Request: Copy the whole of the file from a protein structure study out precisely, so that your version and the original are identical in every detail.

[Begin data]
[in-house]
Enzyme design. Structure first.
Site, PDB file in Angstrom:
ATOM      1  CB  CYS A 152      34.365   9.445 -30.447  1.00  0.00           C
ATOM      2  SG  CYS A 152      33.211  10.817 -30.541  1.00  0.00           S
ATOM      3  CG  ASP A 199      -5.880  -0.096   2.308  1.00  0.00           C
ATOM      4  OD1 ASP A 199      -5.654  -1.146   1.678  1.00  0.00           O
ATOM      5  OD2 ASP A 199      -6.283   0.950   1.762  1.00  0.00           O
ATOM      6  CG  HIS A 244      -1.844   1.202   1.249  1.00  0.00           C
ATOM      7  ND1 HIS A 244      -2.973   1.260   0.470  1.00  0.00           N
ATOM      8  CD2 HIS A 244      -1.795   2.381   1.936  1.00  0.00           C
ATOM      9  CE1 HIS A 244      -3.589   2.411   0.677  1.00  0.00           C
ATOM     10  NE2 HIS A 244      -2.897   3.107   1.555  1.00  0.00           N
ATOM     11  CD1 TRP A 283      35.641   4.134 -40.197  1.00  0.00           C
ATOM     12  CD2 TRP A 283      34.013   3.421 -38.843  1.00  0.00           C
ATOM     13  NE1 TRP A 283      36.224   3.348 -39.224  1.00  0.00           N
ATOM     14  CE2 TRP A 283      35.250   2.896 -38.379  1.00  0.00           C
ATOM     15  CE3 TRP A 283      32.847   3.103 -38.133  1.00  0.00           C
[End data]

[in-house]
Enzyme design. Structure first.
Site, PDB file in Angstrom:
ATOM      1  CB  CYS A 152      34.365   9.445 -30.447  1.00  0.00           C
ATOM      2  SG  CYS A 152      33.211  10.817 -30.541  1.00  0.00           S
ATOM      3  CG  ASP A 199      -5.880  -0.096   2.308  1.00  0.00           C
ATOM      4  OD1 ASP A 199      -5.654  -1.146   1.678  1.00  0.00           O
ATOM      5  OD2 ASP A 199      -6.283   0.950   1.762  1.00  0.00           O
ATOM      6  CG  HIS A 244      -1.844   1.202   1.249  1.00  0.00           C
ATOM      7  ND1 HIS A 244      -2.973   1.260   0.470  1.00  0.00           N
ATOM      8  CD2 HIS A 244      -1.795   2.381   1.936  1.00  0.00           C
ATOM      9  CE1 HIS A 244      -3.589   2.411   0.677  1.00  0.00           C
ATOM     10  NE2 HIS A 244      -2.897   3.107   1.555  1.00  0.00           N
ATOM     11  CD1 TRP A 283      35.641   4.134 -40.197  1.00  0.00           C
ATOM     12  CD2 TRP A 283      34.013   3.421 -38.843  1.00  0.00           C
ATOM     13  NE1 TRP A 283      36.224   3.348 -39.224  1.00  0.00           N
ATOM     14  CE2 TRP A 283      35.250   2.896 -38.379  1.00  0.00           C
ATOM     15  CE3 TRP A 283      32.847   3.103 -38.133  1.00  0.00           C